Niger-Delta Crisis and its Impact on Socio-Economic Development in Nigeria : Current School News

Niger-Delta Crisis and its Impact on Socio-Economic Development in Nigeria

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Niger-Delta Crisis and its Impact on Socio-Economic Development in Nigeria.

ABSTRACT

This study focuses on the Niger Delta Crisis and its Impact on Socio-economic Development in Nigeria. The region accounts for the huge revenues to the government generated from its oil wealth.

Despite the fact that the region’s major resources serves as the mainstay of the economy, the region is characterized by lack of social infrastructure, poverty, unemployment and environmental degradation, which is usually as a result of oil spillages and leaks from the oil exploration activities of oil companies.

Due to this pathetic situation, the study delves into the various manifestations of crises in the Delta region, the causes of these crises, the consequences of the crisis, and the measures by the government, past and present towards tackling the imbroglio in the nation’s oil wealth region.

Data for this study were drawn mainly using questionnaires and related literatures. Furthermore, data drawn from the questionnaire were analyzed using simple percentage method and chi-square.

Furthermore, the study amongst other things revealed that the people of the region have been further impoverished as a result of the crisis; the crisis has seriously dwindled government’s revenue; the crisis has equally dwarfed the level of local and foreign investments in the region.

The study concluded by making recommendations, some of which includes the government ensuring that the activities of oil companies are closely monitored and that they conform to best practices. The government ensuring the oil producing communities are adequately compensated and their environment cleansed from oil spillages and leaks by multinational oil companies.

INTRODUCTION

Nigeria is fraught with myriad problems and challenges, and one of them is the Niger Delta crisis. The Niger Delta crisis has been simmering for years, and it is holding the nation’s feet to the fire. The crisis is getting messier by the day, as it remains unresolved (Victor Dike, 2006: 25).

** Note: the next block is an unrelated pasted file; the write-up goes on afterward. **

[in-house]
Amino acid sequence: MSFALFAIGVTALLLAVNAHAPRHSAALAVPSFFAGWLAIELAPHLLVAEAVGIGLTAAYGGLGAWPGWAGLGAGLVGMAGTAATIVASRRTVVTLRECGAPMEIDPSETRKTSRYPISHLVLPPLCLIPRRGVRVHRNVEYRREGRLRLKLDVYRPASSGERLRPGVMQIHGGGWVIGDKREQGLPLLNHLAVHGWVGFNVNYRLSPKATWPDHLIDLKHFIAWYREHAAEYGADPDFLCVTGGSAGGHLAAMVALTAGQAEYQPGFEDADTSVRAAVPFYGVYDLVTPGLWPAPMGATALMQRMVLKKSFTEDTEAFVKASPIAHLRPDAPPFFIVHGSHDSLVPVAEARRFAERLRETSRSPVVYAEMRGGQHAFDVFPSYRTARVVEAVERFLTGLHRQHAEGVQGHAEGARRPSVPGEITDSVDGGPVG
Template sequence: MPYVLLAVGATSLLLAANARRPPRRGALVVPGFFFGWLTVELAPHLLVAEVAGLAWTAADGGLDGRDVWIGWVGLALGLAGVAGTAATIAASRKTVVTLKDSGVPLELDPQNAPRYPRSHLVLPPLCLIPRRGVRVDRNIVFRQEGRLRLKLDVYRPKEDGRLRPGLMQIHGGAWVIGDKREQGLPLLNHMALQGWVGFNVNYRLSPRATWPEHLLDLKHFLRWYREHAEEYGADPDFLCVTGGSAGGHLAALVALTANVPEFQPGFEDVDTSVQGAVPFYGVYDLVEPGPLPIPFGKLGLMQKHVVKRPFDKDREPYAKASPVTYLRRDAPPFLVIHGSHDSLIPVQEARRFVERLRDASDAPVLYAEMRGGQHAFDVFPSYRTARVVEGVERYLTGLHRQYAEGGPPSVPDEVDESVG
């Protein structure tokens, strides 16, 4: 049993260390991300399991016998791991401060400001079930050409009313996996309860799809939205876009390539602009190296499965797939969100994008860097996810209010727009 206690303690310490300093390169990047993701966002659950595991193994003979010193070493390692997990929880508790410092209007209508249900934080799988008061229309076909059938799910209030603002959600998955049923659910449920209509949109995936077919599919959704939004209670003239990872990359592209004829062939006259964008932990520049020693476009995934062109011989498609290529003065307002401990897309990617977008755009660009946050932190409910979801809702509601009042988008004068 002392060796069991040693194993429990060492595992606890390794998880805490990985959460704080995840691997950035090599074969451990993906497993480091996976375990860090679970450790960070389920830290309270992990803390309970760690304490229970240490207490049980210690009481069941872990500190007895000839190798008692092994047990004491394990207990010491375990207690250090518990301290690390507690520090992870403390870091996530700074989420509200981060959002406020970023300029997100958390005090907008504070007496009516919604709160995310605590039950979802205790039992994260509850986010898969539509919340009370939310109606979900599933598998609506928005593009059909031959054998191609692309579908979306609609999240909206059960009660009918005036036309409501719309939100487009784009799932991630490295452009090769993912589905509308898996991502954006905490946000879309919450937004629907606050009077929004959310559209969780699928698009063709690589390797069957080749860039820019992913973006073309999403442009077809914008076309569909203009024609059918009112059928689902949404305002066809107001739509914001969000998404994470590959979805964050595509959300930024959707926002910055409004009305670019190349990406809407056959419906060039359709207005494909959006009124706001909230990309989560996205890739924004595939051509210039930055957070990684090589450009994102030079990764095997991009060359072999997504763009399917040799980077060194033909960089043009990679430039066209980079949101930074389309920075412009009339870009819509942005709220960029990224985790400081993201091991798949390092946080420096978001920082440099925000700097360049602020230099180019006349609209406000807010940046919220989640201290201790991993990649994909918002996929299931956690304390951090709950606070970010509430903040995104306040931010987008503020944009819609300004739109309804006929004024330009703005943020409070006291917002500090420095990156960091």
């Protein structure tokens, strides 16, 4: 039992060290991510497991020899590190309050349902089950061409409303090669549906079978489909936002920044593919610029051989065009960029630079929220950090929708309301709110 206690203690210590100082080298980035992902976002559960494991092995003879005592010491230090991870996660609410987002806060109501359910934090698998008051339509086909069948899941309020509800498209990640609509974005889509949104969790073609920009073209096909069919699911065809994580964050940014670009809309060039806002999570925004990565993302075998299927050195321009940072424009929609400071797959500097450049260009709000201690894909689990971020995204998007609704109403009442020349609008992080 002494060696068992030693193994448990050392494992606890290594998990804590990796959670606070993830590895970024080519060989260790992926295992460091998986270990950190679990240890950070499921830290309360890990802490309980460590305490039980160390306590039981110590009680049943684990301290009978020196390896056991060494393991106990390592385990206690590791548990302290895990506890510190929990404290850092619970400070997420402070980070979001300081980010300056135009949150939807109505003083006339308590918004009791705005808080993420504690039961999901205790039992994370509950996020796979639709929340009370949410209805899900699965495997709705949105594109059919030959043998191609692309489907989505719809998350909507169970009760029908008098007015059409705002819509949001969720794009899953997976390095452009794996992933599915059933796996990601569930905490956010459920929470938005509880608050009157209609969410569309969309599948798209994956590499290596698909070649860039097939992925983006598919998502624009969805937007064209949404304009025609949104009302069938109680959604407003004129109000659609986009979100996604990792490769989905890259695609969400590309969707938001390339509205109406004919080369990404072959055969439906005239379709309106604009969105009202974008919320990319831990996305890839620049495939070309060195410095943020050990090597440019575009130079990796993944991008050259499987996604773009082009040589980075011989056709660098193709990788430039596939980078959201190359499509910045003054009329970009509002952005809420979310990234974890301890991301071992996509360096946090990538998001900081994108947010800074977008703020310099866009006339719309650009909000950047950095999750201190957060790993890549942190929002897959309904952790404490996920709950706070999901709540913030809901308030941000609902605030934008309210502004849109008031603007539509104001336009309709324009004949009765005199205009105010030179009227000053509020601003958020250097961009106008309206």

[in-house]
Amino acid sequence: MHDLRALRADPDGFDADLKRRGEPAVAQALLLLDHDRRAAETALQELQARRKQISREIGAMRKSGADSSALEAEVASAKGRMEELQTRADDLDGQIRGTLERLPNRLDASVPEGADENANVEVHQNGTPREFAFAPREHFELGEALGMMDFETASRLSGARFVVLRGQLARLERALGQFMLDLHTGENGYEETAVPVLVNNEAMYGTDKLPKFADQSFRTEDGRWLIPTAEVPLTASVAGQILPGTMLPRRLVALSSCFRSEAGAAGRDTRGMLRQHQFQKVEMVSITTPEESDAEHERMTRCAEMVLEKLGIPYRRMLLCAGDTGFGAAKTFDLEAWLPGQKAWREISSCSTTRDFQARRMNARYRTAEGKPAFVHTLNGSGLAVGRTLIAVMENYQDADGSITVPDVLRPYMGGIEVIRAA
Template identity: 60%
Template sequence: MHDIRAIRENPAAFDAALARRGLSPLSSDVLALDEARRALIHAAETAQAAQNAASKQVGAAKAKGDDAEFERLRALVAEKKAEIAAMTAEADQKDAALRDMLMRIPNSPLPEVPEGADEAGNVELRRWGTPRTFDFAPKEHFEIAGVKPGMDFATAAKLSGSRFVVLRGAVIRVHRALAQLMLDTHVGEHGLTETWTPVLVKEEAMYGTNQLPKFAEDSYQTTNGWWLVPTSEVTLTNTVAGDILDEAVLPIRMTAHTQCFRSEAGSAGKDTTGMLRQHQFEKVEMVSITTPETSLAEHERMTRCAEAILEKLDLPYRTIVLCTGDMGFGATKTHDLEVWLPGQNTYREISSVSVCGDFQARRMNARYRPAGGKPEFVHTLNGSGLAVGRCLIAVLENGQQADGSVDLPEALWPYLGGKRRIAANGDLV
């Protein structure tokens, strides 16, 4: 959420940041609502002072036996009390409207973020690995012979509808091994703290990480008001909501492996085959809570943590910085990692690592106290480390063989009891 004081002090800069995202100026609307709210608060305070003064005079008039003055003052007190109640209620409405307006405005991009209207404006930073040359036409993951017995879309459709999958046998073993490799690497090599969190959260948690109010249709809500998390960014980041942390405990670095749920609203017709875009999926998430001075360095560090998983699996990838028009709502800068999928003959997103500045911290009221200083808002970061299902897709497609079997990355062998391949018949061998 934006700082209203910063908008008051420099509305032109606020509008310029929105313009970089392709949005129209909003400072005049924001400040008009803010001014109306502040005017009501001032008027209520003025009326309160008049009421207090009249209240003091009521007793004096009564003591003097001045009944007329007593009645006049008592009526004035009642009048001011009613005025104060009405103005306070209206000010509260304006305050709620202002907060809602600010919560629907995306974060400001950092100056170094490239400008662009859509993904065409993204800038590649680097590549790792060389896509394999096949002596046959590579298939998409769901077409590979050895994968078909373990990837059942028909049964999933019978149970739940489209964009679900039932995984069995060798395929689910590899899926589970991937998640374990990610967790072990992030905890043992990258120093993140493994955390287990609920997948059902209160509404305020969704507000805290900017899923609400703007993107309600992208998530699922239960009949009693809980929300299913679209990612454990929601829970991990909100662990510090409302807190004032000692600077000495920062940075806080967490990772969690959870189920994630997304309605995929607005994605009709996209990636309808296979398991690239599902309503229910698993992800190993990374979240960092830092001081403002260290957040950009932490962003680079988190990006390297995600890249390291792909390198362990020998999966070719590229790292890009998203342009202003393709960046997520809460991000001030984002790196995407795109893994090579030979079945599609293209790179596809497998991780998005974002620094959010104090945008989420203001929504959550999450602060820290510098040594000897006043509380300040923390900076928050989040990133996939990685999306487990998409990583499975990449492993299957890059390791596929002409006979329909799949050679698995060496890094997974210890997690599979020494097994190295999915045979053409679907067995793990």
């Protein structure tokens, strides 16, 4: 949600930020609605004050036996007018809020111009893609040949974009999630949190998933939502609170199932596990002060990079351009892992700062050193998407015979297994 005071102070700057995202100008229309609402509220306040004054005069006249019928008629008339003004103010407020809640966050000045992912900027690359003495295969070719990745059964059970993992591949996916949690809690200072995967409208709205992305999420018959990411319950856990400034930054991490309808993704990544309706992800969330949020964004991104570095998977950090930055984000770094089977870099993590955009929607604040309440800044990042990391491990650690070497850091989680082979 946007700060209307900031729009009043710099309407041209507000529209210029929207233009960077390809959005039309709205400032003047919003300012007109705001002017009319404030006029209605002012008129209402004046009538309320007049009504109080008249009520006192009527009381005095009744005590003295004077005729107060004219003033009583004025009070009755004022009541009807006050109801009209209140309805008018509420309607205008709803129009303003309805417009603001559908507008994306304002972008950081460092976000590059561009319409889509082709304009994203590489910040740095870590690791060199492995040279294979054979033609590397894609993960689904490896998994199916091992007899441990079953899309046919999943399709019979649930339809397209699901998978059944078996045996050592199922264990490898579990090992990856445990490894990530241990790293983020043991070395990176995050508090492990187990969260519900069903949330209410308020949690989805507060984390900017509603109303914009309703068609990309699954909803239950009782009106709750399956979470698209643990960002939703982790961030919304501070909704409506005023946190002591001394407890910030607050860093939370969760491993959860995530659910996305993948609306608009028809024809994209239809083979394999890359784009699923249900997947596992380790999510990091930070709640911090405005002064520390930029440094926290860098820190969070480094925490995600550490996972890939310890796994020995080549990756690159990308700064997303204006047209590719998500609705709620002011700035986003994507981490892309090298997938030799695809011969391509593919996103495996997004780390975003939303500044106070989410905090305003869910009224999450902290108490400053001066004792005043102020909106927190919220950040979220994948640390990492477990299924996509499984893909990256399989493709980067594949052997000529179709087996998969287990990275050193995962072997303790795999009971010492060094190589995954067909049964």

The area which is described as the Niger Delta region of Nigeria lies between latitudes 4o and 6o north of the Equator and 4o and 8o east of the Greenwich. According to the Niger Delta Regional Development Master Plan (2007), the Niger Delta comprises of nine states; Akwa Ibom, Cross River, Edo, Rivers, Bayelsa, Delta, Ondo, Imo and Abia.

The Niger Delta region stretches over 20,000 km2 of swamp land in the littoral fringes of the country; it embraces one of the world’s largest wetlands, over 60% of Africa’s largest mangrove forests, and one of the worlds’ most extensive (Eyinla and Ukpo, 2006).

Comprising mainly of a distinct aquatic environment which embraces marine, brackish and fresh water ecosystems, it encompasses the most extensive fresh water swamp forest in West and Central Africa, and manifests an intricate network of creeks, rivers, streams, swamps, braided streams and Oxbow lakes, besides a stretch of flat and fertile land mass.

Also in this region lies Nigeria’s over 35 billion barrels of proven oil reserves (Eyinla and Ukpo, 2006: 5), besides an even larger deposit of natural gas. The region also accounts for over 80% of Nigeria’s Gross Domestic Product and represents the economic jugular of the country.

REFERENCES 

Aghalino, S.O. (2007) “Petroleum Exploitation and Environmental Degradation in Nigeria”, in Jimoh and I. Fabiyi ed. Contemporary Issues in Environmental Studies. Ilorin, Nigeria: Haytgee Press.

Amazie, R. (2009). “How Federalism Underdeveloped Niger Delta”. Paper Delivered at the Centre for Strategic and International Studies, Washington DC, USA.

Asobie A (2004). Conflict Resolution and Human Rights: A case study approach Ibadan: E Watch Print.

Brisibe, A. A. (2001) African Tradition “The Identity of a People: With special Focus on Globalization & Its Impact in the Niger Delta” C.O.O.L Conference, Boston, U.S.A, 2001.

Brisibe, A. A. (2001) African Tradition “The Identity of a People: With special Focus on Globalization & Its Impact in the Niger Delta” C.O.O.L Conference, Boston, U.S.A, 2001.

CSN Team.

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